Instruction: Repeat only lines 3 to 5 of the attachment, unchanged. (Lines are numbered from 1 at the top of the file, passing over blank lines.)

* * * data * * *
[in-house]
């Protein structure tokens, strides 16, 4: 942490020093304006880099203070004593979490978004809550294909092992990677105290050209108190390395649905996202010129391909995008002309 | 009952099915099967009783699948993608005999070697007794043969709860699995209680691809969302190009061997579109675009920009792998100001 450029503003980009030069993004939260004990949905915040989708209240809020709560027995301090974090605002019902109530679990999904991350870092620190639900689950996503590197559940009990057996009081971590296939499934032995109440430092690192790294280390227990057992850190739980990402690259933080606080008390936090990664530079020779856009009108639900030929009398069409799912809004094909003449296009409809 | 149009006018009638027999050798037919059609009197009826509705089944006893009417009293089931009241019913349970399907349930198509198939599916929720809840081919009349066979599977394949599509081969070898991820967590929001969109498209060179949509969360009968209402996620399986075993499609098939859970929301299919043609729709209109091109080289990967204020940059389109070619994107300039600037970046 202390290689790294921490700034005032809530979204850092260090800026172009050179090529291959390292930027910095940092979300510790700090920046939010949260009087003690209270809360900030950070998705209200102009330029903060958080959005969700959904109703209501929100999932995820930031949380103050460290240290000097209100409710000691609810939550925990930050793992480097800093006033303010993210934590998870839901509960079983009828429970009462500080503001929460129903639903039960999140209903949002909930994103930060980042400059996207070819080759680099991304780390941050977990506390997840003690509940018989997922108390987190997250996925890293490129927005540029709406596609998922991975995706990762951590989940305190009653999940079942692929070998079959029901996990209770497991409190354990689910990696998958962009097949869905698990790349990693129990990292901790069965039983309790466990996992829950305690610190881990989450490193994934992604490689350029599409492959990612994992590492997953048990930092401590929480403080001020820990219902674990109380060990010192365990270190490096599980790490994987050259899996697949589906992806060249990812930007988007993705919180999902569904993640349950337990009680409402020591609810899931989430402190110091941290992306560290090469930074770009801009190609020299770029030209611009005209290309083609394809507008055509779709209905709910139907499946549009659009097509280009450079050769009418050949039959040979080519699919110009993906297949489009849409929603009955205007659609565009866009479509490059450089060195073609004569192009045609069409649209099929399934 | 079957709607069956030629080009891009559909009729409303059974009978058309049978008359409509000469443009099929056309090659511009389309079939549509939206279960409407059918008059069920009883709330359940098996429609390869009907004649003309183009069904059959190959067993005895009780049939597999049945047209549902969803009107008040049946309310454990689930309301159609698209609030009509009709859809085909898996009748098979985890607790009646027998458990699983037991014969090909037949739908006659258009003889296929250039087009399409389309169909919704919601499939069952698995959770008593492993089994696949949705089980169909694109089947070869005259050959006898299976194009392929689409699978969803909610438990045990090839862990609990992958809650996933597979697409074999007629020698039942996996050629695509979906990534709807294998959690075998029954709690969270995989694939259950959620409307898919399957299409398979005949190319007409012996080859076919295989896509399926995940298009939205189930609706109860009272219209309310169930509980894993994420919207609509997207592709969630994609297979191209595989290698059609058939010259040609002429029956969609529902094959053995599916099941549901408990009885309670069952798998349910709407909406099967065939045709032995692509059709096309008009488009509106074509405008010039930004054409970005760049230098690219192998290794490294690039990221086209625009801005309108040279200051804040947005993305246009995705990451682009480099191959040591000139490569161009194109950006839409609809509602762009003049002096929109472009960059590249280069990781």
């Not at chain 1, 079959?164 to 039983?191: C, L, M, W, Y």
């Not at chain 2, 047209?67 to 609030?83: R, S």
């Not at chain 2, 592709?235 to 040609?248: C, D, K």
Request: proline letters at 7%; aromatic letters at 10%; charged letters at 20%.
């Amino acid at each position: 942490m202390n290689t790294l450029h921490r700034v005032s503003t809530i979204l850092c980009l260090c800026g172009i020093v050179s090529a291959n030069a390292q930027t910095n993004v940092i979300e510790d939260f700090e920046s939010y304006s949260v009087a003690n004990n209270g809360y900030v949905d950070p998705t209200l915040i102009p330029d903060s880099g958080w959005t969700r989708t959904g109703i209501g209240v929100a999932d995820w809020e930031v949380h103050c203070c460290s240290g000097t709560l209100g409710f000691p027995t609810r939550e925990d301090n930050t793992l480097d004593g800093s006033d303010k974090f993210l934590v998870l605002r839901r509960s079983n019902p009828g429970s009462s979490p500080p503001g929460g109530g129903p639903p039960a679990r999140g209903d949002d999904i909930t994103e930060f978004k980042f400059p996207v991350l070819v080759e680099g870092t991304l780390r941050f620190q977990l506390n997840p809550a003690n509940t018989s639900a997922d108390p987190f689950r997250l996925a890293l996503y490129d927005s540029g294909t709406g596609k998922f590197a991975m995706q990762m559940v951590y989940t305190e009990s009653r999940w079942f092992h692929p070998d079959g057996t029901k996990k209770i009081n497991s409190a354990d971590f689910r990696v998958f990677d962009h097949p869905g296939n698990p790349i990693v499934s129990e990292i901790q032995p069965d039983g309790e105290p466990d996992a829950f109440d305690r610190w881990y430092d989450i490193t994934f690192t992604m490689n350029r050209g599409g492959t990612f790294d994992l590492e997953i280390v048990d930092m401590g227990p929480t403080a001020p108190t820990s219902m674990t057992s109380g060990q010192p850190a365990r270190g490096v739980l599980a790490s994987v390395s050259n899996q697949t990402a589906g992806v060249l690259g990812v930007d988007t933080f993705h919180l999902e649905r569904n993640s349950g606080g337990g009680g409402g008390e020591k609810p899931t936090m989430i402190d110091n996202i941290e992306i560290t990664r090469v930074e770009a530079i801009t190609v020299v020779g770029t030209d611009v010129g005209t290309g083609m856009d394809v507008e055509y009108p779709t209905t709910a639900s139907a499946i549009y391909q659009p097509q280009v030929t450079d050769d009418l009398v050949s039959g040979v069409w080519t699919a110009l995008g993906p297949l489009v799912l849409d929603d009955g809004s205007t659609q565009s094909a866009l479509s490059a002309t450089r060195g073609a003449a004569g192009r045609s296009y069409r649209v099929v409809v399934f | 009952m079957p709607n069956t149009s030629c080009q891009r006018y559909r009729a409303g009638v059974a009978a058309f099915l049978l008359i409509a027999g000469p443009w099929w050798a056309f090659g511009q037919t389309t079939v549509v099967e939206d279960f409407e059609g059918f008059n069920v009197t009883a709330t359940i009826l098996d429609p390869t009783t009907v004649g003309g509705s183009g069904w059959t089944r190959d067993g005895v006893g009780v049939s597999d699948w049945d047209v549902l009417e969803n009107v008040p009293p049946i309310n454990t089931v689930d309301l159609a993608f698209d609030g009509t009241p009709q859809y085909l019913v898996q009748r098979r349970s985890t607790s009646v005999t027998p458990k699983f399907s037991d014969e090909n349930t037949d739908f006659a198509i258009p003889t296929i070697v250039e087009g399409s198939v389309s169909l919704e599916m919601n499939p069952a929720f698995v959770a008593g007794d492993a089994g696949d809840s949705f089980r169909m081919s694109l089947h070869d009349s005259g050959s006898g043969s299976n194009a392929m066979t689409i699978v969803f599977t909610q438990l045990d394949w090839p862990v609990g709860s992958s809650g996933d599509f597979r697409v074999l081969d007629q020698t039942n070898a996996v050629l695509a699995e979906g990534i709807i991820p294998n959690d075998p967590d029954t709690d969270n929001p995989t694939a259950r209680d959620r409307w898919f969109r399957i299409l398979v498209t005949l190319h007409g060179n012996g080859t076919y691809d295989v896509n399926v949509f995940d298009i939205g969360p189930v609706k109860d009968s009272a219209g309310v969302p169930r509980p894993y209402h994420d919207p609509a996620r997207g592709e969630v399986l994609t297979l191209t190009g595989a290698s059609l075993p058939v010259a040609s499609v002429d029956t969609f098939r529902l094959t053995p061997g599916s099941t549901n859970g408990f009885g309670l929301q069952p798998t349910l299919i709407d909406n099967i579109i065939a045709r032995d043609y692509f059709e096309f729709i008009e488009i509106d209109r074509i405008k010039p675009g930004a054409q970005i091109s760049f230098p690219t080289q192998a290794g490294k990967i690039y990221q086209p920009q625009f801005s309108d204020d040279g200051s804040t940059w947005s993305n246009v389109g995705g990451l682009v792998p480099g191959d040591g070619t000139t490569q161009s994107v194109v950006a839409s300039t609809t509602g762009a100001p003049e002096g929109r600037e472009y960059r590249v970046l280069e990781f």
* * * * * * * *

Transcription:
């Not at chain 1, 079959?164 to 039983?191: C, L, M, W, Y």
């Not at chain 2, 047209?67 to 609030?83: R, S």
């Not at chain 2, 592709?235 to 040609?248: C, D, K």